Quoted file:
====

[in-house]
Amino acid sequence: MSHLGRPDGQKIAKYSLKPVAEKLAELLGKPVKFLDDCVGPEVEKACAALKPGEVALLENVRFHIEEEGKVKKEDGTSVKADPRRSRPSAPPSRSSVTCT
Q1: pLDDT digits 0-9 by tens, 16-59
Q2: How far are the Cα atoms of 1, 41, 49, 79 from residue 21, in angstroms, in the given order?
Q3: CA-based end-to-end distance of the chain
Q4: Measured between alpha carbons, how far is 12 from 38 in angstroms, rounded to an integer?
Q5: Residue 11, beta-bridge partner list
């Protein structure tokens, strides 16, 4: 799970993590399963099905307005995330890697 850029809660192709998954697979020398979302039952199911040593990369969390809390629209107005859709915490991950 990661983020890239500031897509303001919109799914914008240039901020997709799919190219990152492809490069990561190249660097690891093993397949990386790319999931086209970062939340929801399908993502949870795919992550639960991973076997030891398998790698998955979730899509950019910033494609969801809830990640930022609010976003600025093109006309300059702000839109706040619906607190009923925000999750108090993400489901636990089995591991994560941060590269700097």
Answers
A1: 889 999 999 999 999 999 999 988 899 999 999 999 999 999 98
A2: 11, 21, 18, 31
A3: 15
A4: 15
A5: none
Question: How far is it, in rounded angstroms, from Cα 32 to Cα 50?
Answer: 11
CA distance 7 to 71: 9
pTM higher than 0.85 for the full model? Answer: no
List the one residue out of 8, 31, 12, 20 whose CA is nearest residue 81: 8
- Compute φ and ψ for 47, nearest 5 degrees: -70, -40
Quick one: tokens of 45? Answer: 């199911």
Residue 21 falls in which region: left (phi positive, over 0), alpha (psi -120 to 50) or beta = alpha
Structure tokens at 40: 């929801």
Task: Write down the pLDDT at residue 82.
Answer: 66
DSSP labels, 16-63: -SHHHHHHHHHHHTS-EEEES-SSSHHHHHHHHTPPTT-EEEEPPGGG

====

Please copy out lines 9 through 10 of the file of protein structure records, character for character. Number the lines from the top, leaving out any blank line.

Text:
Answers
A1: 889 999 999 999 999 999 999 988 899 999 999 999 999 999 98